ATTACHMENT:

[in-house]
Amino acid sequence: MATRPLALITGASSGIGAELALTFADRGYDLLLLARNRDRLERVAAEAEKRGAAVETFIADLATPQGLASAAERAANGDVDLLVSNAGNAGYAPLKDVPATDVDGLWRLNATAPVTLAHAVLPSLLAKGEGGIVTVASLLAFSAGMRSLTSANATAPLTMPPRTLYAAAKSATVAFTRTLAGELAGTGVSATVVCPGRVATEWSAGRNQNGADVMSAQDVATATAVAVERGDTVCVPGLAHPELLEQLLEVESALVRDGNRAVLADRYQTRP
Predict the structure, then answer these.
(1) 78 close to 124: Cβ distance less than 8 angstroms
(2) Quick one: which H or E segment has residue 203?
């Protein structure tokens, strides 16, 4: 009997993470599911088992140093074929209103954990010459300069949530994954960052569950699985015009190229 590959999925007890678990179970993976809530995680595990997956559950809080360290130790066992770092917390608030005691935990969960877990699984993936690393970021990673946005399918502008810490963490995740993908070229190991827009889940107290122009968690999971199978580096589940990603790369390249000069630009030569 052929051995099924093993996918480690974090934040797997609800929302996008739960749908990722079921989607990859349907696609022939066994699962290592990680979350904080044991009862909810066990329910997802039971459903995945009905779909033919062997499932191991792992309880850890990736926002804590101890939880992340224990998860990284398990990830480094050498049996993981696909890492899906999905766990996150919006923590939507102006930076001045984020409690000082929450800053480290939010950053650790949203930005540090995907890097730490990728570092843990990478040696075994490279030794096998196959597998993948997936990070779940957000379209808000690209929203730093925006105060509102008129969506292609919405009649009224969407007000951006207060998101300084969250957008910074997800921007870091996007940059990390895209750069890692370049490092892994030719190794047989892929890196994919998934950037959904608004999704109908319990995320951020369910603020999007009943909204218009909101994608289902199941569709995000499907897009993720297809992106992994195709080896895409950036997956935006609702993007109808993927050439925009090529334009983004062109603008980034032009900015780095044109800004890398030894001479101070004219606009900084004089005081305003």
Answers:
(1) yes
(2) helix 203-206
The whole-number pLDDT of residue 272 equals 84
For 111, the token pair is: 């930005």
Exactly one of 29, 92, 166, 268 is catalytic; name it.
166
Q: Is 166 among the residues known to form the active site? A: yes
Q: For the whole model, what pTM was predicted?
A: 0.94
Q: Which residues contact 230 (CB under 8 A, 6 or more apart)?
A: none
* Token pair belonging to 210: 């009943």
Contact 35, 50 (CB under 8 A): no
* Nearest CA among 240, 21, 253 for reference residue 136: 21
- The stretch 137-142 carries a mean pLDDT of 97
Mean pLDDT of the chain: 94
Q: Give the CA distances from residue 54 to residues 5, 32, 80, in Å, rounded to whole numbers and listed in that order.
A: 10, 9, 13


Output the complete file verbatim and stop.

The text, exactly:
[in-house]
Amino acid sequence: MATRPLALITGASSGIGAELALTFADRGYDLLLLARNRDRLERVAAEAEKRGAAVETFIADLATPQGLASAAERAANGDVDLLVSNAGNAGYAPLKDVPATDVDGLWRLNATAPVTLAHAVLPSLLAKGEGGIVTVASLLAFSAGMRSLTSANATAPLTMPPRTLYAAAKSATVAFTRTLAGELAGTGVSATVVCPGRVATEWSAGRNQNGADVMSAQDVATATAVAVERGDTVCVPGLAHPELLEQLLEVESALVRDGNRAVLADRYQTRP
Predict the structure, then answer these.
(1) 78 close to 124: Cβ distance less than 8 angstroms
(2) Quick one: which H or E segment has residue 203?
């Protein structure tokens, strides 16, 4: 009997993470599911088992140093074929209103954990010459300069949530994954960052569950699985015009190229 590959999925007890678990179970993976809530995680595990997956559950809080360290130790066992770092917390608030005691935990969960877990699984993936690393970021990673946005399918502008810490963490995740993908070229190991827009889940107290122009968690999971199978580096589940990603790369390249000069630009030569 052929051995099924093993996918480690974090934040797997609800929302996008739960749908990722079921989607990859349907696609022939066994699962290592990680979350904080044991009862909810066990329910997802039971459903995945009905779909033919062997499932191991792992309880850890990736926002804590101890939880992340224990998860990284398990990830480094050498049996993981696909890492899906999905766990996150919006923590939507102006930076001045984020409690000082929450800053480290939010950053650790949203930005540090995907890097730490990728570092843990990478040696075994490279030794096998196959597998993948997936990070779940957000379209808000690209929203730093925006105060509102008129969506292609919405009649009224969407007000951006207060998101300084969250957008910074997800921007870091996007940059990390895209750069890692370049490092892994030719190794047989892929890196994919998934950037959904608004999704109908319990995320951020369910603020999007009943909204218009909101994608289902199941569709995000499907897009993720297809992106992994195709080896895409950036997956935006609702993007109808993927050439925009090529334009983004062109603008980034032009900015780095044109800004890398030894001479101070004219606009900084004089005081305003």
Answers:
(1) yes
(2) helix 203-206
The whole-number pLDDT of residue 272 equals 84
For 111, the token pair is: 């930005």
Exactly one of 29, 92, 166, 268 is catalytic; name it.
166
Q: Is 166 among the residues known to form the active site? A: yes
Q: For the whole model, what pTM was predicted?
A: 0.94
Q: Which residues contact 230 (CB under 8 A, 6 or more apart)?
A: none
* Token pair belonging to 210: 């009943």
Contact 35, 50 (CB under 8 A): no
* Nearest CA among 240, 21, 253 for reference residue 136: 21
- The stretch 137-142 carries a mean pLDDT of 97
Mean pLDDT of the chain: 94
Q: Give the CA distances from residue 54 to residues 5, 32, 80, in Å, rounded to whole numbers and listed in that order.
A: 10, 9, 13